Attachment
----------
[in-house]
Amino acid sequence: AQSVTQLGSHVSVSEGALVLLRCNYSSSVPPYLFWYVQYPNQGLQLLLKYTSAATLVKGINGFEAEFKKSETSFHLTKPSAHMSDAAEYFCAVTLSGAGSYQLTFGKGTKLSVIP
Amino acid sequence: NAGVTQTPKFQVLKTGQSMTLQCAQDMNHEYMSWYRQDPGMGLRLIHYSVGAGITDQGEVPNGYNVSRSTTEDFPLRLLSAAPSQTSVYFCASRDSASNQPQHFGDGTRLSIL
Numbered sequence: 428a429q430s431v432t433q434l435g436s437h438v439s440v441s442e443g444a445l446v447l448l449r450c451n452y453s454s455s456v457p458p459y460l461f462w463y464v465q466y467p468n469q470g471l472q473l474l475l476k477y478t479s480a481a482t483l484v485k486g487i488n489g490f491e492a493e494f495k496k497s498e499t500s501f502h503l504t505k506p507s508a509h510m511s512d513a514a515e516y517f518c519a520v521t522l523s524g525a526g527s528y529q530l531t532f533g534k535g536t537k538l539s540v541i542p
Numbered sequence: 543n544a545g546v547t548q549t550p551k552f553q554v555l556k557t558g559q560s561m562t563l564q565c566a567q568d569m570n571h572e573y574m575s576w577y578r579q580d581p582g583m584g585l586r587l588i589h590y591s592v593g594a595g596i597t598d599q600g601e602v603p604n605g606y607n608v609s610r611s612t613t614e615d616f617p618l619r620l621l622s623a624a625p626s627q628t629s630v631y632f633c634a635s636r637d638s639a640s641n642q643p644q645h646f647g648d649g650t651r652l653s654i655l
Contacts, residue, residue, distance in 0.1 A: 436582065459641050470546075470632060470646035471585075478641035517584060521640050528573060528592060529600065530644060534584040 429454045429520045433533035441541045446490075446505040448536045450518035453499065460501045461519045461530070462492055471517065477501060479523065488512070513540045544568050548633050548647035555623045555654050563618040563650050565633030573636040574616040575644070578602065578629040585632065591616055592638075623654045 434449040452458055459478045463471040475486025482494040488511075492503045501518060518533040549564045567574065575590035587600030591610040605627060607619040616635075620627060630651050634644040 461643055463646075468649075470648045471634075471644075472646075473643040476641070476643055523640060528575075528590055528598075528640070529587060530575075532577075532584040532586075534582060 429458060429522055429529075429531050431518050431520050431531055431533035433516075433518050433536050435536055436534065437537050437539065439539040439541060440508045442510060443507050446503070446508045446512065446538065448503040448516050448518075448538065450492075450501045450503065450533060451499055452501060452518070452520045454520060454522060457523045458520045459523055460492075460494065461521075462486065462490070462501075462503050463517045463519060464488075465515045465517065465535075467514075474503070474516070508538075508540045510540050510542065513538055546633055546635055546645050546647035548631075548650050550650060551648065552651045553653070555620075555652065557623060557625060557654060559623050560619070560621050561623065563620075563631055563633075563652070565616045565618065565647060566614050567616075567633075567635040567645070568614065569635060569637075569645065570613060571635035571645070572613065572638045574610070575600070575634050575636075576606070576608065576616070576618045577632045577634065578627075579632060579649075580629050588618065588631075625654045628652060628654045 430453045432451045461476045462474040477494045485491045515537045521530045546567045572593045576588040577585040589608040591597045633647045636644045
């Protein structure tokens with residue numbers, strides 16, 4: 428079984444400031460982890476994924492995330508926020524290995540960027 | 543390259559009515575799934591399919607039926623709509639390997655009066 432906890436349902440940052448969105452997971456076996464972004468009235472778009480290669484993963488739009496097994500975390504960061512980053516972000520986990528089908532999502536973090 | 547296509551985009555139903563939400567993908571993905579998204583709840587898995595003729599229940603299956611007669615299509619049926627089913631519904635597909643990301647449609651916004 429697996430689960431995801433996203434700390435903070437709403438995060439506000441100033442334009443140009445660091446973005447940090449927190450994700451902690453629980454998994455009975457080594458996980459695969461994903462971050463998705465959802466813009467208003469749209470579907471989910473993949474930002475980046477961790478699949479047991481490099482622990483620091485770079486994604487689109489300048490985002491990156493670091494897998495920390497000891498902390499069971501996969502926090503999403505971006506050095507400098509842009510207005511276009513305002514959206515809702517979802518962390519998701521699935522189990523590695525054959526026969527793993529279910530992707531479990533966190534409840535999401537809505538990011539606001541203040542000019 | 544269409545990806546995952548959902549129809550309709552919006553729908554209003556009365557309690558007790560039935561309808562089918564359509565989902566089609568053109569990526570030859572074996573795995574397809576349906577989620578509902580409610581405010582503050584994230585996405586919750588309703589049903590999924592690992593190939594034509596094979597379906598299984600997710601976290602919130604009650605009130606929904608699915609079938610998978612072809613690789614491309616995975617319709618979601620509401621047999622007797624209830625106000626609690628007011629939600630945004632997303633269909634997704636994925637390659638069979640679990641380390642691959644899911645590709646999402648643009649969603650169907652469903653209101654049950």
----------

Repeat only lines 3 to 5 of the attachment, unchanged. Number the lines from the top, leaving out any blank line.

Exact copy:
Amino acid sequence: NAGVTQTPKFQVLKTGQSMTLQCAQDMNHEYMSWYRQDPGMGLRLIHYSVGAGITDQGEVPNGYNVSRSTTEDFPLRLLSAAPSQTSVYFCASRDSASNQPQHFGDGTRLSIL
Numbered sequence: 428a429q430s431v432t433q434l435g436s437h438v439s440v441s442e443g444a445l446v447l448l449r450c451n452y453s454s455s456v457p458p459y460l461f462w463y464v465q466y467p468n469q470g471l472q473l474l475l476k477y478t479s480a481a482t483l484v485k486g487i488n489g490f491e492a493e494f495k496k497s498e499t500s501f502h503l504t505k506p507s508a509h510m511s512d513a514a515e516y517f518c519a520v521t522l523s524g525a526g527s528y529q530l531t532f533g534k535g536t537k538l539s540v541i542p
Numbered sequence: 543n544a545g546v547t548q549t550p551k552f553q554v555l556k557t558g559q560s561m562t563l564q565c566a567q568d569m570n571h572e573y574m575s576w577y578r579q580d581p582g583m584g585l586r587l588i589h590y591s592v593g594a595g596i597t598d599q600g601e602v603p604n605g606y607n608v609s610r611s612t613t614e615d616f617p618l619r620l621l622s623a624a625p626s627q628t629s630v631y632f633c634a635s636r637d638s639a640s641n642q643p644q645h646f647g648d649g650t651r652l653s654i655l